Mr Conant having succeeded to the estate of the late E N Conant, Esq. his
father. "At the entrance-lodge gates, a very pretty arch was erected. At the
top, upon a background of red cloth, was the word "Welcome", cut out of white
material. Suspended from the centre was a good' imitation of a horseshoe, made
of primroses and forget-me-nots. Over the entrance-hall, also upon a background
of red cloth, and the letters in white, were the words "Health and Happiness":
while at each corner two Union Jacks were floating in the breeze. Mr and Mrs
Conant arrived at Manton Station by the 5.35 train on Wednesday evening, and
the inhabitants, his tenants, turned out en masse to give them a hearty
reception. Upon their arrival, the horse was taken out of the shafts, ropes
were quickly attached, and the carriage was drawn up to the front door, where
the Rector of the parish, the Rev T K B Nevinson, in a few well-chosen words,
welcomed Mr and Mrs Conant and family. Mr Conant, in reply, thanked all for
their enthusiastic greeting, and kindly invited those who had drawn the
carriage to partake of refreshments, the health of Mr and Mrs Conant being duly
toasted. Mr Nevinson called for three cheers, which were vociferously given.
The bells were rung upon their arrival and during the evening. Mr and Mrs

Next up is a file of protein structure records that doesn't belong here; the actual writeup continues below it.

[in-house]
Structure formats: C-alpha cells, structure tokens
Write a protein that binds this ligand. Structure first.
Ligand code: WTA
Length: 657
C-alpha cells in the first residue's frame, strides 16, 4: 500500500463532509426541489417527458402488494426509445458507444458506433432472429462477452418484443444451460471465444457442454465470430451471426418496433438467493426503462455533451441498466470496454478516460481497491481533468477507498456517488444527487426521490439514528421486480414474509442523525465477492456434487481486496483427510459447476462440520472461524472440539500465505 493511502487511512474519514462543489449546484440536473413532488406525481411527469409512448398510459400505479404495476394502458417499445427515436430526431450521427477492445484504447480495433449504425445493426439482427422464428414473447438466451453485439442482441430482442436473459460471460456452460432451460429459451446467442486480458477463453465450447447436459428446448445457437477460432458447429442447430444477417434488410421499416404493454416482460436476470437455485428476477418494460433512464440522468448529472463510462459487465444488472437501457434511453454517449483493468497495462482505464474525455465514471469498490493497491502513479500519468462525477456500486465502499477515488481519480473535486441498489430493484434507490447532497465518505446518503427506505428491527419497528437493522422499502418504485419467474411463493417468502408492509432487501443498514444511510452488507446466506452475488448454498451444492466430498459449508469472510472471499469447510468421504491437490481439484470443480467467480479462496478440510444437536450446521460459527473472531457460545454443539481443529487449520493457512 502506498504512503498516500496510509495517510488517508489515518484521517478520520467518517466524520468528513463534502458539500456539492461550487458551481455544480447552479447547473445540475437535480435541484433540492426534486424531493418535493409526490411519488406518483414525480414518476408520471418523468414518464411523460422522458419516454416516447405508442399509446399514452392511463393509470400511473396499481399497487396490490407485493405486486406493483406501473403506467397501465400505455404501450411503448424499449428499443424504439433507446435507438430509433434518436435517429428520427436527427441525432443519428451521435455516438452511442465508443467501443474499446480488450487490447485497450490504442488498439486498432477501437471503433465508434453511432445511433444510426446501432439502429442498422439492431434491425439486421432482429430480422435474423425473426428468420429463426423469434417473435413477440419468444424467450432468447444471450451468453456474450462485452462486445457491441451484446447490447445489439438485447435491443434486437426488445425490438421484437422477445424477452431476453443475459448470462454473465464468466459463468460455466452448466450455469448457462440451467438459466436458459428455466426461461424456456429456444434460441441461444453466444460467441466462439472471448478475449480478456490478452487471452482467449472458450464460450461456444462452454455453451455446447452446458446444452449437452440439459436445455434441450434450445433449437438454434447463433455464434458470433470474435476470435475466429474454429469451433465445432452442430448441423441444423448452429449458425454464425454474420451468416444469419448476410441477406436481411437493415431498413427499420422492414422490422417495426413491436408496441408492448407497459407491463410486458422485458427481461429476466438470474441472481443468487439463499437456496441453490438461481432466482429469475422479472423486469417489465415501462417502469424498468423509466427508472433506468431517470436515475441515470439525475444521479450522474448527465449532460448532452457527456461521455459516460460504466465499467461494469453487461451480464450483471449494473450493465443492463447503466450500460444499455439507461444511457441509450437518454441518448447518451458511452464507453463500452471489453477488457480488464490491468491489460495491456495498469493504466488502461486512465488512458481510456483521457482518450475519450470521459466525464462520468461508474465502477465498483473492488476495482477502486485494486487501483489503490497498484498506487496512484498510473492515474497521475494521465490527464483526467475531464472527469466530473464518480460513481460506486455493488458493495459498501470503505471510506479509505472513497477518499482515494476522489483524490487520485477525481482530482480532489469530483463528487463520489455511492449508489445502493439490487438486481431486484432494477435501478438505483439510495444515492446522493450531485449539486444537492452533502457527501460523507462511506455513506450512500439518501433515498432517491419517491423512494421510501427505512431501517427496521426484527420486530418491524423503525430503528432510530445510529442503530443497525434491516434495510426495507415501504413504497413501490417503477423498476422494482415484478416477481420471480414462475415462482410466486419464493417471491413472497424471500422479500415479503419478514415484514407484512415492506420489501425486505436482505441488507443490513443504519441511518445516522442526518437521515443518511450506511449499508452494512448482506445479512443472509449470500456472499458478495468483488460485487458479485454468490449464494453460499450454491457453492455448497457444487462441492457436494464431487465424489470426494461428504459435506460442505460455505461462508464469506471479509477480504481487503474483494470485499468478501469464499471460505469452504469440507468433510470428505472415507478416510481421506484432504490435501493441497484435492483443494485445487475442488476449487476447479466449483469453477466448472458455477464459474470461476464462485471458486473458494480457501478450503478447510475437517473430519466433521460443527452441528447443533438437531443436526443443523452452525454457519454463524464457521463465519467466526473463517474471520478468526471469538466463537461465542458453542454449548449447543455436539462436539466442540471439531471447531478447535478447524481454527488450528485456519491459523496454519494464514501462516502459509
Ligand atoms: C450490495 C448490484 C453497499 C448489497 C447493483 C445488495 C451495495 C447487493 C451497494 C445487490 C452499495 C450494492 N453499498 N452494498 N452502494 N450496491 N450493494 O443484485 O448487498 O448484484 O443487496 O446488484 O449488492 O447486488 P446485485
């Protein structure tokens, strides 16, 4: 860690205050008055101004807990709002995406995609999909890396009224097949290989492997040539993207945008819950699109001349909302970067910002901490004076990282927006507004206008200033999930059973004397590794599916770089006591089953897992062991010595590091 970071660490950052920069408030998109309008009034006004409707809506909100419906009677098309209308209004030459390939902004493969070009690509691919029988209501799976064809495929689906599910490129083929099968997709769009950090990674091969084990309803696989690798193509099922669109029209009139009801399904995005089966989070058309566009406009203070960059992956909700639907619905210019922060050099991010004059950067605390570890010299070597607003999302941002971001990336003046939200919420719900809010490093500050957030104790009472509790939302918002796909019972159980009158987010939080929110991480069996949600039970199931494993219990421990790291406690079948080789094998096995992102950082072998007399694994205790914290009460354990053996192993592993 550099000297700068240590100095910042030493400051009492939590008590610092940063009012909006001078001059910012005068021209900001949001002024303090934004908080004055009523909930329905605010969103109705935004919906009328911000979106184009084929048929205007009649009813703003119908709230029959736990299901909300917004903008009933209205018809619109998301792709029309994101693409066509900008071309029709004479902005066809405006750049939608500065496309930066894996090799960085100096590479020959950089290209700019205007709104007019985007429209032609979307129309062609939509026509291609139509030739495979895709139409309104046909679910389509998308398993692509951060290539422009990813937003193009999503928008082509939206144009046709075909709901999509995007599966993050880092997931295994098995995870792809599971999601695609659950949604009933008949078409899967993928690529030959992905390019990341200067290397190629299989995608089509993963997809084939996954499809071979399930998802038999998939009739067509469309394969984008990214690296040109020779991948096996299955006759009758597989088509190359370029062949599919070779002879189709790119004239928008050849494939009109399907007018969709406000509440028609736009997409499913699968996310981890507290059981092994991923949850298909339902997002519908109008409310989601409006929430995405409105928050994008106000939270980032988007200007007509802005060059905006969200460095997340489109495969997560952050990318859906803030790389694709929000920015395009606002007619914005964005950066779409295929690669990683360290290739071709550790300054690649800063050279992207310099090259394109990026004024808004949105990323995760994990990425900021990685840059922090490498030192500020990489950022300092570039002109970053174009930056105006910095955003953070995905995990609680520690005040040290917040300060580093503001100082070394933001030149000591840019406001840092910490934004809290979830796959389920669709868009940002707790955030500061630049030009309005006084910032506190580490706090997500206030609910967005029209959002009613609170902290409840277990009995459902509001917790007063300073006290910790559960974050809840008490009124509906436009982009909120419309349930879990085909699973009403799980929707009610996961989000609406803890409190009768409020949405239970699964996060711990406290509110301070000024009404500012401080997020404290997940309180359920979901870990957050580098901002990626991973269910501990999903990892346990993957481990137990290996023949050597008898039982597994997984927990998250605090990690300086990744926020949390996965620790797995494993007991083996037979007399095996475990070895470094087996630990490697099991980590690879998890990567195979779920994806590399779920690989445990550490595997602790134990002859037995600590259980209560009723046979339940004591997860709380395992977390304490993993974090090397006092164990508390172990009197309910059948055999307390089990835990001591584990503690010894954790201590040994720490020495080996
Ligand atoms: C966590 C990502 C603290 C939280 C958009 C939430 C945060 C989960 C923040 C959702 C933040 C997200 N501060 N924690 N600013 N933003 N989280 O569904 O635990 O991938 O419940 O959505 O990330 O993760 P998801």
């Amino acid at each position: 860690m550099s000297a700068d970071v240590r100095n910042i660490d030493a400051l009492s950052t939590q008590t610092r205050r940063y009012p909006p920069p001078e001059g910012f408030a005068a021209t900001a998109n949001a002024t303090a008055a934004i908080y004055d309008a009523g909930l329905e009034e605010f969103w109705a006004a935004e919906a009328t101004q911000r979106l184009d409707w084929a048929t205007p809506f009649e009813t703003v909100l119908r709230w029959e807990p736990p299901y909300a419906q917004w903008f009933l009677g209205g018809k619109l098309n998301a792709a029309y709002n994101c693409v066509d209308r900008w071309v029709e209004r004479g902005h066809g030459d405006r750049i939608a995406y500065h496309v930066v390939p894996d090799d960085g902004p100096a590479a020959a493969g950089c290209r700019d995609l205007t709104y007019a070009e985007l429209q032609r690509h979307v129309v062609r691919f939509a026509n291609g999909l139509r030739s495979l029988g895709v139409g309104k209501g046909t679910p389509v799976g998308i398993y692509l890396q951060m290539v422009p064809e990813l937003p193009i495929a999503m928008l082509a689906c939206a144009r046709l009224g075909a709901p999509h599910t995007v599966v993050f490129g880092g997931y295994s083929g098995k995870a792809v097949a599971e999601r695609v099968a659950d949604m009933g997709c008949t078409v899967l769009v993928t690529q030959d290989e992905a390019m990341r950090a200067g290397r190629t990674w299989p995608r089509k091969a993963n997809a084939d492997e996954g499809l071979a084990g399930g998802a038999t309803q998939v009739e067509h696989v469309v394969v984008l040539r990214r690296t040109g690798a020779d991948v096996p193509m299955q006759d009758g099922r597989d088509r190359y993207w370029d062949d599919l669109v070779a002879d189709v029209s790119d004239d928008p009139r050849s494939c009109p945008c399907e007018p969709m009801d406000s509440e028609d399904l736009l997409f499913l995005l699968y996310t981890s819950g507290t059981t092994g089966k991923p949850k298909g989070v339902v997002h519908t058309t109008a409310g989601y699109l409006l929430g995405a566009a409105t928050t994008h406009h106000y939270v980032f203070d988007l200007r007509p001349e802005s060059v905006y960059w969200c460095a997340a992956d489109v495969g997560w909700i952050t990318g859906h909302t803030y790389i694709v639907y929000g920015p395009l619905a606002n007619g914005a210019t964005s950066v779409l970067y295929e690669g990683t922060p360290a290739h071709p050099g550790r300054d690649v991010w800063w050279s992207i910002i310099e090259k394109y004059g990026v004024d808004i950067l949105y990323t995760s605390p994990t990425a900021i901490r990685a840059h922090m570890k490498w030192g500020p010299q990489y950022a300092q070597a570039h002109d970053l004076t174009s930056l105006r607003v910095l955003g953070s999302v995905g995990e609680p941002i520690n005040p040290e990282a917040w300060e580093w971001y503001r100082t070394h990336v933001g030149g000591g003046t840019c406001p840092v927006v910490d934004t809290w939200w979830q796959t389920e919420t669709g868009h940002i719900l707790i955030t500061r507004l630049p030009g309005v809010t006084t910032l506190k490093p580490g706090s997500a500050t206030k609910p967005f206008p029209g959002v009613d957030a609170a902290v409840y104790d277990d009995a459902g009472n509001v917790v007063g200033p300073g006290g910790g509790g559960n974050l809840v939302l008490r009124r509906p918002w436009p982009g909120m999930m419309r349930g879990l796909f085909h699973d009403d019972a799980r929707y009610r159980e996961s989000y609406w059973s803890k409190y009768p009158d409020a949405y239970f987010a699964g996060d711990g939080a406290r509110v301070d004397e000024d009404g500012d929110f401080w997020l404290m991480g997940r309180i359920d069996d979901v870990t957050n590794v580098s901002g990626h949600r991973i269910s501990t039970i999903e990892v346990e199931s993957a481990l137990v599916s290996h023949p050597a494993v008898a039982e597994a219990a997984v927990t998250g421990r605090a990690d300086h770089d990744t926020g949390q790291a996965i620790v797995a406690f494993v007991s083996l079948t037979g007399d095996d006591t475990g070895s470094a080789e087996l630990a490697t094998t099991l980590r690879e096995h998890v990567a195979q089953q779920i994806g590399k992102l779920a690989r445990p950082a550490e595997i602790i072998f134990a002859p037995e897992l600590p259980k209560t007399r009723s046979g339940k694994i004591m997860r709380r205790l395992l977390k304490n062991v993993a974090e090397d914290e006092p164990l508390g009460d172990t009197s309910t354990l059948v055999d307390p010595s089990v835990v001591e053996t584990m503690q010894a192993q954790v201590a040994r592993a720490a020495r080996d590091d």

Nevinson, Messrs B Wright, head gardener, and assistants, helped with the
On the north wall of the north aisle of the Church there
is a plaque which commemorates a death in South Africa. The account here is
from the Grantham Journal of 5th July 1902.
Sad news reached [Lyndon] on June 24th, by telegram
from the War Office to Mr and Mrs B Wright, stating that their eldest son,
Frederick Lewis [of the South African Constabulary] had been thrown from his
horse in South Africa, causing concussion of the brain, from which he died. He
was well-known and respected, gaining many friends wherever he went, and his
death will be felt and deplored. Great sympathy is expressed for the bereaved
parents and his brother, in their trouble.
Mr Ben Wright, the father, was the head gardener on the
estate and lived in Gardener's Cottage.
It is interesting to learn of the planting of some of the